An opening batsman for Western Australia, Mr Sawle retired from first-class cricket in 1961, finishing his playing career at the age of 35 with a modest record of 1,701 runs at 28.83.

Commonly called the ‘Colonel’ by everyone in Australian cricket, Mr Sawle had a distinguished career as state selector from 1962 to 1980 and handed first-class debuts to the likes of Dennis Lillee, Rod Marsh, Kim Hughes, Terry Alderman, Bob Massie, Ross Edwards and John Inverarity.

During his 18-year tenure as a state selector, WA became the dominant force in Australian cricket, winning the Shield six times and the domestic one-day title four times.

One of the most visionary cricket administrators Australia has produced, Mr Sawle applied combined a razor-sharp mind with a fundamental belief in the value of youth and character to help steer the nation's cricketing direction over the latter part of the 20th century.

From 1982 to 1995, he was an Australian selector - and was the chairman of the panel for 11 of those years. His talent spotting enabled Australia to rebuild their fortunes in the 1980s, culminating in regaining the Ashes in 1989 when Sawle was also a popular and effective team manager.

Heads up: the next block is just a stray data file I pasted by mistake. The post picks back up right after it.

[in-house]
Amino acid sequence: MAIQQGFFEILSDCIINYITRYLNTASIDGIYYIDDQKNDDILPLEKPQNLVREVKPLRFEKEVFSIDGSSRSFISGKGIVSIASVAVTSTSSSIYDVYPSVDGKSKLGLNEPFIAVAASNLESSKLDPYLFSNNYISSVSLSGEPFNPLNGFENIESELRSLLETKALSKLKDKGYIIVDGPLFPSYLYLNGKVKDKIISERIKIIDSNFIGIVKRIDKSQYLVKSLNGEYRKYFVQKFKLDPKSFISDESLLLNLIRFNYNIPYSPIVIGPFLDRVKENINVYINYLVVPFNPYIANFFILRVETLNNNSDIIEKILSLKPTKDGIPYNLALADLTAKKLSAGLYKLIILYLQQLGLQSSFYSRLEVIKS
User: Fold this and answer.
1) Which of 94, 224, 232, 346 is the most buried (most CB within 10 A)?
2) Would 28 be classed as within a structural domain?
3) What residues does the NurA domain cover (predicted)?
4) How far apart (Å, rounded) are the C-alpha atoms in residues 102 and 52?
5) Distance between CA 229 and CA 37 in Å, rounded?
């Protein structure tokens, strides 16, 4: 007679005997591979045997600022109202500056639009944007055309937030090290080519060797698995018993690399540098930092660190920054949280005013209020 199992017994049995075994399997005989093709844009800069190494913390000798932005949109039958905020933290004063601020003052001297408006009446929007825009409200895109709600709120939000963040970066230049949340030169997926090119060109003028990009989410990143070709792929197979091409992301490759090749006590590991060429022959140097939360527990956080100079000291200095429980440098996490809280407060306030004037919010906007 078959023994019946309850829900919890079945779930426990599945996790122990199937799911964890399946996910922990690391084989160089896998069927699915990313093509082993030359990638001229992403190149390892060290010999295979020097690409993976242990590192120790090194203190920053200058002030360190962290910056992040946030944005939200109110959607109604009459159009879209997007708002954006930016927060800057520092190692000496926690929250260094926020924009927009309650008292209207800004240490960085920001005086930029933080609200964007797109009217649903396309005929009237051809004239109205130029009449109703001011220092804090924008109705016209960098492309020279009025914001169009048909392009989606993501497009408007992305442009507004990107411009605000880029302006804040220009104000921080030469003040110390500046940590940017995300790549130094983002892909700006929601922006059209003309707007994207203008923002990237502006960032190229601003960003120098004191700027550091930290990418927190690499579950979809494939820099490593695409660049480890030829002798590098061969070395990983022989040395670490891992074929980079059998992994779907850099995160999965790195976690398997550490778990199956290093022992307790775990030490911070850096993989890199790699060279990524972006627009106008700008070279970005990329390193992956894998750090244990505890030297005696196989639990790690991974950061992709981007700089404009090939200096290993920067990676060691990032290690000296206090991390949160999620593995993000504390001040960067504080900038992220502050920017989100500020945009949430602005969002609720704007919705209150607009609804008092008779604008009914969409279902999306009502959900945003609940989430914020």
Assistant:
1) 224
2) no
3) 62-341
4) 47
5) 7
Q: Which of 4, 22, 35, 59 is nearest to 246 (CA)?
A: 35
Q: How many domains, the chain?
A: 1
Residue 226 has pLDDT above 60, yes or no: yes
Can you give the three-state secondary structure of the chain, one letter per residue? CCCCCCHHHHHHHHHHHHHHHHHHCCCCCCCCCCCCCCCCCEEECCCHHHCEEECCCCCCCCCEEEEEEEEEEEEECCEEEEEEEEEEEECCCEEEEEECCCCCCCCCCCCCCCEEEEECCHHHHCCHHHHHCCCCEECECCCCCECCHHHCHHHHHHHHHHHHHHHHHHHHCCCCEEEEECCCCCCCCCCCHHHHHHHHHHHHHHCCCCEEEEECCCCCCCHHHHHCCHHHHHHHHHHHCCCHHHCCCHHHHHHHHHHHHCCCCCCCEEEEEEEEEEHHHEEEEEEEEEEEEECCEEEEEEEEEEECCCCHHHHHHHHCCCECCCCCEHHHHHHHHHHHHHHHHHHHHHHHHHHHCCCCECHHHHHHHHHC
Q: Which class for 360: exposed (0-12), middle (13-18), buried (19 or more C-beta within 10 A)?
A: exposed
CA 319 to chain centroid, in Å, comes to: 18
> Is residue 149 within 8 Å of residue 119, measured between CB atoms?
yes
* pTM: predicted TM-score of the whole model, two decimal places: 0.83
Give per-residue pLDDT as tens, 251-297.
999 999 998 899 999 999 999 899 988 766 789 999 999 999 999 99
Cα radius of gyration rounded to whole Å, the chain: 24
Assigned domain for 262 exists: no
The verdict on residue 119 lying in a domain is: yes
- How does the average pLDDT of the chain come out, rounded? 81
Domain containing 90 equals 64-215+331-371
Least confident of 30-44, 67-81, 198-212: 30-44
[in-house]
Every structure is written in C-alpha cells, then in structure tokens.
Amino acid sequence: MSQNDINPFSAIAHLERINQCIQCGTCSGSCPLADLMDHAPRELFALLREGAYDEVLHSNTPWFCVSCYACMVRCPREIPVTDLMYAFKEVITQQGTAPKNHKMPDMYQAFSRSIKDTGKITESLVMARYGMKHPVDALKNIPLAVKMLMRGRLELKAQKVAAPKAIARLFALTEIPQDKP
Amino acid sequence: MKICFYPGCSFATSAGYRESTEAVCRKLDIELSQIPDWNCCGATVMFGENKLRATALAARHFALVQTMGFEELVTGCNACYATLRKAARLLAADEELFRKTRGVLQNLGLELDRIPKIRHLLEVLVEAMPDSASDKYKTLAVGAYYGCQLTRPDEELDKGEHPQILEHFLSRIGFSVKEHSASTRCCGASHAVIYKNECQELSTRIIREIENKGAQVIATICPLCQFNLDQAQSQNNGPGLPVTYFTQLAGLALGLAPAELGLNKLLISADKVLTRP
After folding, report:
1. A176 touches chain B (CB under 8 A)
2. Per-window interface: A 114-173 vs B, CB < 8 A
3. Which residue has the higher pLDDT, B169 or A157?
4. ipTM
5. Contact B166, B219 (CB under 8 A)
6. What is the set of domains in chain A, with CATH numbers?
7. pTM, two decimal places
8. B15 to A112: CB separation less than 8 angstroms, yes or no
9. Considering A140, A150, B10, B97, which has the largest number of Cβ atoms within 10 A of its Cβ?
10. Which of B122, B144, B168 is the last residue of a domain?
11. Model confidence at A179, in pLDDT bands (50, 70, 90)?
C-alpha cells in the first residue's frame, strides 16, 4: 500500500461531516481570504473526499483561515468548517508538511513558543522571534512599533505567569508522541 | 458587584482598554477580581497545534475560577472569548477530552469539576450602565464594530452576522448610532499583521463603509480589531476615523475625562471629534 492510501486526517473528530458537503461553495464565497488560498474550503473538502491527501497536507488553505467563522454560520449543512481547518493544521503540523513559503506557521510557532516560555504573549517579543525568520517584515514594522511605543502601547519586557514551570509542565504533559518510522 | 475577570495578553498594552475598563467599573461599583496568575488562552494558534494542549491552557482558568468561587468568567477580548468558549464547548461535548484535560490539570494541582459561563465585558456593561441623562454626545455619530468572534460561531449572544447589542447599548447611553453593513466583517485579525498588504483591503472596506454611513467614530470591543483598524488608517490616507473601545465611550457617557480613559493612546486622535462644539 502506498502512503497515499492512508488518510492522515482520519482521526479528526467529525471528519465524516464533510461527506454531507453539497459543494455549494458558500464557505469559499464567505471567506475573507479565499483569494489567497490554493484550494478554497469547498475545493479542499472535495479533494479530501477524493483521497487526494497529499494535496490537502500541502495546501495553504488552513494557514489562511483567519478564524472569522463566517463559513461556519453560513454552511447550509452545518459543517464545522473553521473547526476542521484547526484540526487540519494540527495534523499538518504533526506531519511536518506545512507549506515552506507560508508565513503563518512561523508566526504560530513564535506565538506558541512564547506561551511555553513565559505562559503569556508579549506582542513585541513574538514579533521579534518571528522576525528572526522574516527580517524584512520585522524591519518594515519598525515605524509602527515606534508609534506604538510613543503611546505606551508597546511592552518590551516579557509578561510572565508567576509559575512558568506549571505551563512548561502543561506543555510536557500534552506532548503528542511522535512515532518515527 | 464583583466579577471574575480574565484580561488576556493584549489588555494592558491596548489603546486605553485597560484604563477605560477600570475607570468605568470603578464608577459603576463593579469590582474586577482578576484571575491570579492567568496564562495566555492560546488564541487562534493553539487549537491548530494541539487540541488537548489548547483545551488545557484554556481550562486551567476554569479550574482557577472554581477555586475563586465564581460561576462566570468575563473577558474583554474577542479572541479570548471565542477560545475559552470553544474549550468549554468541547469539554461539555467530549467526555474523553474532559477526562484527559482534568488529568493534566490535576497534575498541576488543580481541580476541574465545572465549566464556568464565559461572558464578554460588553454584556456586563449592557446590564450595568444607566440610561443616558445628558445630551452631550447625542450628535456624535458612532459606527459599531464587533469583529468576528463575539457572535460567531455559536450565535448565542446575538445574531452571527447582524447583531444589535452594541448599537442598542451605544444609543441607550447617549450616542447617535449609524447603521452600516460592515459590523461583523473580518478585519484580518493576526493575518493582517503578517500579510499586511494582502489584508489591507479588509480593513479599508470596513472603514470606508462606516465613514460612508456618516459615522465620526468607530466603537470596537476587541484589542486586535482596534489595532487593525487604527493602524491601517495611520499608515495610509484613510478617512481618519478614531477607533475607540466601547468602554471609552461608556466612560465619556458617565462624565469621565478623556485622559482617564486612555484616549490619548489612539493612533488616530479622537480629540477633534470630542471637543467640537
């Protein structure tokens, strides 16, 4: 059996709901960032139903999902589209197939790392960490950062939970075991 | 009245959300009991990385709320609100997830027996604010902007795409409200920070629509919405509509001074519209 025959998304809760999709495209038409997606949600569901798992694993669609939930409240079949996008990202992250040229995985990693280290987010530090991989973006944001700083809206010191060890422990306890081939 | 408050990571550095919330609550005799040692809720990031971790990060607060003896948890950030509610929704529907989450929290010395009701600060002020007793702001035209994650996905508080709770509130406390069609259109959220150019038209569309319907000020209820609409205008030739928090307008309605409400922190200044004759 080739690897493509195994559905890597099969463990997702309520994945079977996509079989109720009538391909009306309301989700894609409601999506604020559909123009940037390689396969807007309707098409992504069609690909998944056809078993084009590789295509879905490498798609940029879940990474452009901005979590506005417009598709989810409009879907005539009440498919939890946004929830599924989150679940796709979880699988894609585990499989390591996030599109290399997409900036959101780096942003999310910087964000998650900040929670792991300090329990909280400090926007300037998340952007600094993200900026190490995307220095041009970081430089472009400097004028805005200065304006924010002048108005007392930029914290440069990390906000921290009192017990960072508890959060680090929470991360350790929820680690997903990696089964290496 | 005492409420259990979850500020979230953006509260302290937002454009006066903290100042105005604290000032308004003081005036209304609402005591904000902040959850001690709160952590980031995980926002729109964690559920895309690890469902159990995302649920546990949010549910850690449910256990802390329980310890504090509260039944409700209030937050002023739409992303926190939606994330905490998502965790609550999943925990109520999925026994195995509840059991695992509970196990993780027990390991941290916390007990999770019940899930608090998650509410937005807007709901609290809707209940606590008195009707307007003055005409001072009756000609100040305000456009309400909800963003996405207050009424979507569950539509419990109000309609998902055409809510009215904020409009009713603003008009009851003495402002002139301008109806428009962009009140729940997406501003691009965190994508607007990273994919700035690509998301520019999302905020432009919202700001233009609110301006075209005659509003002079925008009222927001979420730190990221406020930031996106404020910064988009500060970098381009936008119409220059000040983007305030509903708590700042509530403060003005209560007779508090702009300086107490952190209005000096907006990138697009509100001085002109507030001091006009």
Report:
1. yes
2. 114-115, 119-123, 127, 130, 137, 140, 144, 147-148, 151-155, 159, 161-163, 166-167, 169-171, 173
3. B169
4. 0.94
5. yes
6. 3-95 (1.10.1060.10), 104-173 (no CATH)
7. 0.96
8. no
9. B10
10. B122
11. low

He applied the same principles during his time as Director on the Australian Cricket Board (now Cricket Australia).

His vast contribution as a WA selector and administrator, including a long period on the WACA Executive and a brief time as its Chairman before going on to national honours, saw the Laurie Sawle Medal created and awarded for the first time in 2000-01.